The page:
I got a stool analysis test for parasites and it was negative but I decided to do a parasite cleanse anyway. And man, I am so glad that I did. I passed over 150 parasites and my remaining 20% symptoms disappeared along with them and haven't returned. So if I had it to do all over again, I would do a parasite cleanse first, then tackle the lyme/mold/heavy metals with phase 4 of the Cell Core Protocol.
I would have gotten 100% better, 100% faster.
My preferrred method for tackling lyme after treating for parasites (we all have them, check out my blog post HERE) is via Cell Core. You can only order Cellcore products through a physician, nutritionist, certified herbalist, etc....
You can use my practitioner code: Kp69EfqJ to order the Phase 4A Kit from Cell Core.
Cellcore's Comprehensive Protocol is for you if you are affected by any chronic health issue. This is commonly used when people are affected by Lyme, mold toxicity, fibromyalgia, chronic fatigue, gut issues and many more.
What's included in the Phase 4A kit
- BC-ATP adds highly charged molecules to support your metabolism and ATP (energy) production. This formula is well tolerated by most sensitive people and can help the other formulas be more efficient.
- HM-ET Binder seeks out heavy metals and environmental toxins (like glyphosate) to bind and expel.
- KL Support is a collection of herbs that support your most basic detoxification organs, your liver and kidneys. Your liver is where your body breaks down toxins and hormones and sends them to bile or the kidneys for elimination. They need support starting yesterday, that's why KL Support is in Phase 1.
- Para 4 is the newest powerhouse herbal blend to blast parasites and fungus.
- CT-Biotic contains 11 strains of bacteria; spore forming and non-spore forming. These strains will help break down toxins in the gut to help with detoxification and improve digestion.
This kit, Phase 4, is not recommended to take as a stand alone. You want to do the first three phases and it is all outlined for you in my Parasite Cleansing Course. You can save thousands of dollars by taking the course instead of working with someone one on one like I did. I even have a free intro course and parasite quiz that you can take HERE.
The main point of this blog post is to let you know that if I healed from chronic lyme, you can too. Our bodies were designed to heal if we give it everything we need to do so. So, don't live in fear of the forrests, just be prepared with knowledge and faith that you can overcome anything.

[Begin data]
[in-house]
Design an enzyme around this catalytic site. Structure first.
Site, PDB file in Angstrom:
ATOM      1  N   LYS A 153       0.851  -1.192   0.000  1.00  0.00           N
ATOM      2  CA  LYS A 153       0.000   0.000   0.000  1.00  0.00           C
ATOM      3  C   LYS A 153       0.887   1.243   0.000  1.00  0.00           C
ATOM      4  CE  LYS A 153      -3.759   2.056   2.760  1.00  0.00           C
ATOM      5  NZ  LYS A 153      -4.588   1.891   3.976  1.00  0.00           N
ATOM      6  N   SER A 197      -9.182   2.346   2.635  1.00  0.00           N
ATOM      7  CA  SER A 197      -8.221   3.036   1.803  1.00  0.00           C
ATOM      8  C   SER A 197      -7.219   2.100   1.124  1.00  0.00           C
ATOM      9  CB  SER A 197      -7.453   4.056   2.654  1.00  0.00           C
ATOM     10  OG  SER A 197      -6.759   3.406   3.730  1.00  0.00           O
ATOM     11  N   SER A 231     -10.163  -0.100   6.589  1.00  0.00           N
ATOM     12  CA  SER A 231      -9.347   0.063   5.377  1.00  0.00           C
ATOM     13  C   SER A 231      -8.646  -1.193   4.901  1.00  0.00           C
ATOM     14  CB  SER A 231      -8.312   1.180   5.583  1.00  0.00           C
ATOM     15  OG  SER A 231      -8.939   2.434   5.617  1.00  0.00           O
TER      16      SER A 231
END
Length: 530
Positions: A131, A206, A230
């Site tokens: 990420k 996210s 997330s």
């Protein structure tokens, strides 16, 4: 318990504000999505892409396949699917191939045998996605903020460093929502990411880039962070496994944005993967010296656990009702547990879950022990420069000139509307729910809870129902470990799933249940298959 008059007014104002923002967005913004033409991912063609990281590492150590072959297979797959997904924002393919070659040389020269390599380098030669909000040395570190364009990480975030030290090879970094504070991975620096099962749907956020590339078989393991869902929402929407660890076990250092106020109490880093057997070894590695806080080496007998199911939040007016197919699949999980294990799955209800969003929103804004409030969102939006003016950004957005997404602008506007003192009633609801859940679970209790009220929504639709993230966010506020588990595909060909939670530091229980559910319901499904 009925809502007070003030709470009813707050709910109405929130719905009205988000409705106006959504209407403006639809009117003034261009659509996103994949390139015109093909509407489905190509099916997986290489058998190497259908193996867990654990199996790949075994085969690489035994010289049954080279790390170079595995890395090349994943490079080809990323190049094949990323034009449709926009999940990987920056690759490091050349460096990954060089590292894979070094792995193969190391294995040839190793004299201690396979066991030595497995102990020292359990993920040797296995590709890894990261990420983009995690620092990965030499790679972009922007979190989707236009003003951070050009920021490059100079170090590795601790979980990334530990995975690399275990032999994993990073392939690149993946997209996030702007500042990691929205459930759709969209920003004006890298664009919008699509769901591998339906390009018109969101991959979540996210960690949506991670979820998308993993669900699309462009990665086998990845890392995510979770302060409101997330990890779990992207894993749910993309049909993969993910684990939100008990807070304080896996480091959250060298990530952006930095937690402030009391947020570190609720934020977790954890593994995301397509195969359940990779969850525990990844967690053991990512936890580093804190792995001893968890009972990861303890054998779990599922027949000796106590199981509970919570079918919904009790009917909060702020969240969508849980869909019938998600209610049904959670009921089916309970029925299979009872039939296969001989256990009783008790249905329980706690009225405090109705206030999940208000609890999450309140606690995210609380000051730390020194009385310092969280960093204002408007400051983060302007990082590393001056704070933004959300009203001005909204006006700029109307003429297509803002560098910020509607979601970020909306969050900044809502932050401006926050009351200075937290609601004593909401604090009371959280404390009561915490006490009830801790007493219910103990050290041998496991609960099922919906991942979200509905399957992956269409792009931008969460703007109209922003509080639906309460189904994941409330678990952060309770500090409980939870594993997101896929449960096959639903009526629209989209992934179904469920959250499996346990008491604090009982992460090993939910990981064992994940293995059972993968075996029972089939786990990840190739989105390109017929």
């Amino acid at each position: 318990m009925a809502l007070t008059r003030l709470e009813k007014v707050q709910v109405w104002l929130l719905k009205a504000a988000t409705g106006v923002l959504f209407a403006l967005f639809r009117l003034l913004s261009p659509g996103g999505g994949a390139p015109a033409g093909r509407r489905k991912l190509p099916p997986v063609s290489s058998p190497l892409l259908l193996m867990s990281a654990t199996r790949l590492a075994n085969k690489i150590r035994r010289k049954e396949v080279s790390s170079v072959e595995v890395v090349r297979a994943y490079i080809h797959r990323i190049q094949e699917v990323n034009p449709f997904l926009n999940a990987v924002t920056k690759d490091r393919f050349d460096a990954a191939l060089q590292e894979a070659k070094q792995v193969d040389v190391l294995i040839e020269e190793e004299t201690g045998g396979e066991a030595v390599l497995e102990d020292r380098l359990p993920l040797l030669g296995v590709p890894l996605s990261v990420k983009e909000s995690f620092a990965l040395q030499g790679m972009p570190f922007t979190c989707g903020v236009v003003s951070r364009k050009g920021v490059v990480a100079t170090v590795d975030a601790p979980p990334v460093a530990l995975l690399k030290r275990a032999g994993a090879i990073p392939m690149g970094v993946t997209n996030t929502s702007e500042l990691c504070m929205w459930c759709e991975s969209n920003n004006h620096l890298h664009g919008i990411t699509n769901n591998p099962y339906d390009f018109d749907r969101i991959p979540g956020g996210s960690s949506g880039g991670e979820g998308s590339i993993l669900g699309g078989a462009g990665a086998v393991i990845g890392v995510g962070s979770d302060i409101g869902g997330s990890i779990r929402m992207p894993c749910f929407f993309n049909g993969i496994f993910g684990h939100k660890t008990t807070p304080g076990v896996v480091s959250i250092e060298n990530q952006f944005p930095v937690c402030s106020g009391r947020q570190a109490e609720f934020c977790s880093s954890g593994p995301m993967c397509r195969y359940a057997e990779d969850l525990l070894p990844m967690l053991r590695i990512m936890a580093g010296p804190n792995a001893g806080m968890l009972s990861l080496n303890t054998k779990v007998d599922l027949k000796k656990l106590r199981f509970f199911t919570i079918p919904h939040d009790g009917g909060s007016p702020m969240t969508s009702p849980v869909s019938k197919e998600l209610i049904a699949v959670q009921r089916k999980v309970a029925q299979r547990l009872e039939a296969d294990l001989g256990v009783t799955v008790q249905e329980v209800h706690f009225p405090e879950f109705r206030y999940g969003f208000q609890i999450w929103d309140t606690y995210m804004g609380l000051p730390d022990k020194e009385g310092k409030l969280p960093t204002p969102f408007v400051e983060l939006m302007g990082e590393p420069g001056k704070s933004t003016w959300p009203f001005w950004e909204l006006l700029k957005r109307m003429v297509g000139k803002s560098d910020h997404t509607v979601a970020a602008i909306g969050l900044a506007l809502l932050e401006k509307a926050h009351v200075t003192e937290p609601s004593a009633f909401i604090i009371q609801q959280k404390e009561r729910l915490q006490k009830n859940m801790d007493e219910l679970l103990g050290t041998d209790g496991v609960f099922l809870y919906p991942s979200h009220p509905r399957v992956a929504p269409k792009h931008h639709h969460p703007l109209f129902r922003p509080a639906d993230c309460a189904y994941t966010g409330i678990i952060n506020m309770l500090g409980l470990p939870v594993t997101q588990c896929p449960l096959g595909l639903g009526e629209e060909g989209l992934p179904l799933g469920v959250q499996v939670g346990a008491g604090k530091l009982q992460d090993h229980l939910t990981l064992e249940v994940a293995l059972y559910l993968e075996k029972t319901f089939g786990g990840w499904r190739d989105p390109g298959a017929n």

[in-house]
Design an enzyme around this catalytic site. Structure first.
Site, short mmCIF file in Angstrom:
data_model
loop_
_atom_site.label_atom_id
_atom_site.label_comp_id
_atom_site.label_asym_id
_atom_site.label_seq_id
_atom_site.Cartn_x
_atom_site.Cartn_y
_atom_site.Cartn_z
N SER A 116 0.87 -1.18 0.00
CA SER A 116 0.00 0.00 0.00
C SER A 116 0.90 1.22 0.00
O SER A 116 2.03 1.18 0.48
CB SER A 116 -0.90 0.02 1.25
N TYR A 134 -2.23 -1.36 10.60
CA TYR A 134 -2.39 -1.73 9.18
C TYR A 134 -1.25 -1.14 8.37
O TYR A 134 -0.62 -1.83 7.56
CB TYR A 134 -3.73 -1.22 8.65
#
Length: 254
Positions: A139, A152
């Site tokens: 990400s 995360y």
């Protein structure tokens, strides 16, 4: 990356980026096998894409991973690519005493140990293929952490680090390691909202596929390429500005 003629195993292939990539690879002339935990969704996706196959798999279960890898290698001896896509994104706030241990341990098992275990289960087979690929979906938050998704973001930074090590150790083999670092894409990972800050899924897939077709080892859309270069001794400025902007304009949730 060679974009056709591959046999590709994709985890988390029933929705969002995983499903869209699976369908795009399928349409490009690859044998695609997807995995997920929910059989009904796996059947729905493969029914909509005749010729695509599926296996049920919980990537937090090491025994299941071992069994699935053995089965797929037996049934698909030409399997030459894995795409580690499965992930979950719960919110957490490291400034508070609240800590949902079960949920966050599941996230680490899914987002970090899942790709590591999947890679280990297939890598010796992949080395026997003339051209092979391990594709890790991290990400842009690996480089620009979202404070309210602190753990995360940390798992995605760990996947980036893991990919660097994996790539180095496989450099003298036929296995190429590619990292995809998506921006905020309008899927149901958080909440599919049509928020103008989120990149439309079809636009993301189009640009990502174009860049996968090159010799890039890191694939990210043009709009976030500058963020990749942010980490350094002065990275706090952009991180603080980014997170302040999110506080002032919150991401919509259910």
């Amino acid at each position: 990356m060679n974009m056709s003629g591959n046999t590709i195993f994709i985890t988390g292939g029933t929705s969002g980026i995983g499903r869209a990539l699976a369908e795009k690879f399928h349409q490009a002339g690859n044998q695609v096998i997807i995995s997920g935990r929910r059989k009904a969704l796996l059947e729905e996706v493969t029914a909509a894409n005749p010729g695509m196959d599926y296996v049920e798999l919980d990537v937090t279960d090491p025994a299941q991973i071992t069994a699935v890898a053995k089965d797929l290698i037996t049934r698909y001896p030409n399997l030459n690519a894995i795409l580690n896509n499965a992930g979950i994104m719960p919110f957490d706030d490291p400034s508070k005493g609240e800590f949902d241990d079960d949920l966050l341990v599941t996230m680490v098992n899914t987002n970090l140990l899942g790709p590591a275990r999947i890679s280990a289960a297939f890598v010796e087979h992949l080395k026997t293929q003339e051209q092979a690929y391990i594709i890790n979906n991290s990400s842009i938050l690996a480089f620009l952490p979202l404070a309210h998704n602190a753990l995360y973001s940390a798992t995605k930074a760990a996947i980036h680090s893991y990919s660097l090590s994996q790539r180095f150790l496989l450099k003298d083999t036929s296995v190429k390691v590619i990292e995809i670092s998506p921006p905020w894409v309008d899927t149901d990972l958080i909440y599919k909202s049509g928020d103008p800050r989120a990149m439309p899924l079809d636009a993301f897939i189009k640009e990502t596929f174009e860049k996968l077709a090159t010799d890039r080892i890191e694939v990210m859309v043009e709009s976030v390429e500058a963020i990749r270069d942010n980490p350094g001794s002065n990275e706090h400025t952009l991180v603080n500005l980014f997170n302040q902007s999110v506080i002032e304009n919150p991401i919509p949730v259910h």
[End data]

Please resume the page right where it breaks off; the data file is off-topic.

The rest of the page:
As always, this is not to be taken as personal medical advice. Please see your physician with any questions regarding potential lyme disease.
- Lyme disease treatment. The Centers for Disease Control and Prevention. Reviewed December 17, 2019. Accessed September 12, 2020. https://www.cdc.gov/lyme/treatment/index.html.
- Feng J, et al. Evaluation of natural and botanical medicines for activity against growing and non-growing forms of B. burgdorferi. Front Med (Lausanne). 2020; 7(6). doi:10.3389/fmed.2020.00006.
- Feng J, et al. Selective essential oils from spice or culinary herbs have high activity against stationary phase and biofilm Borrelia burgdorferi. Front Med. 2017; https://doi.org/10.3389/fmed.2017.00169.
- ILADS Lyme disease treatment guidelines. LymeDisease.org. https://www.lymedisease.org/lyme-basics/resources/ilads-lyme-disease-treatment-guidelines/. Accessed September 12, 2020.
- Cameron DJ, et al. Evidence assessments and guideline recommendations in Lyme disease: The clinical management of known tick bites, erythema migrans rashes and persistent disease. International Lyme and Associated Diseases Society. Accessed September 12, 2020. https://www.ilads.org/patient-care/ilads-treatment-guidelines/.
- Pothineni VR, et al. Identification of new drug candidates against Borrelia burgdorferi using high-throughput screening. Drug Des Devel Ther. 2016; 10: 1307-1322. doi: 10.2147/DDDT.S101486.
- Hari-Hara SK, et al. Repurposing disulfiram (Tetraethylthiuram Disulfide) as a potential drug candidate against Borrelia burgdorferi in vitro and in vivo. Bio Rxiv. 2019; doi: https://doi.org/10.1101/842286.
- Trautmann A, et al. Potential patient-reported toxicities with disulfiram treatment in late disseminated Lyme disease. Front Med (Lausanne). 2020; 7: 133. doi: 10.3389/fmed.2020.00133. eCollection 2020.
- Horowitz R and Freeman PR. The use of Dapsone as a novel “persister” drug in the treatment of Chronic Lyme Disease/Post Treatment Lyme Disease Syndrome. J Clin Exp Dermatol Res. 2016; 7(3): DOI: 10.4172/2155-9554.1000345.
- Leland DK. Touched by Lyme: Leprosy drug shows promise for Lyme treatment. LymeDisease.org. Published May 8, 2016. Accessed September 12, 2020. https://www.lymedisease.org/touched-by-lyme-dapsone/.
- Feng J, et al. Identification of additional anti-persister activity against Borrelia burgdorferi from an FDA drug library. Antibiotics (Basel). 2015; 4(3): 397-410.
- Li T, et al. Identification of FDA-approved drugs with activity against stationary phase Bartonella henselae. Antibiotics (Basel). 2019; 8(2): 50.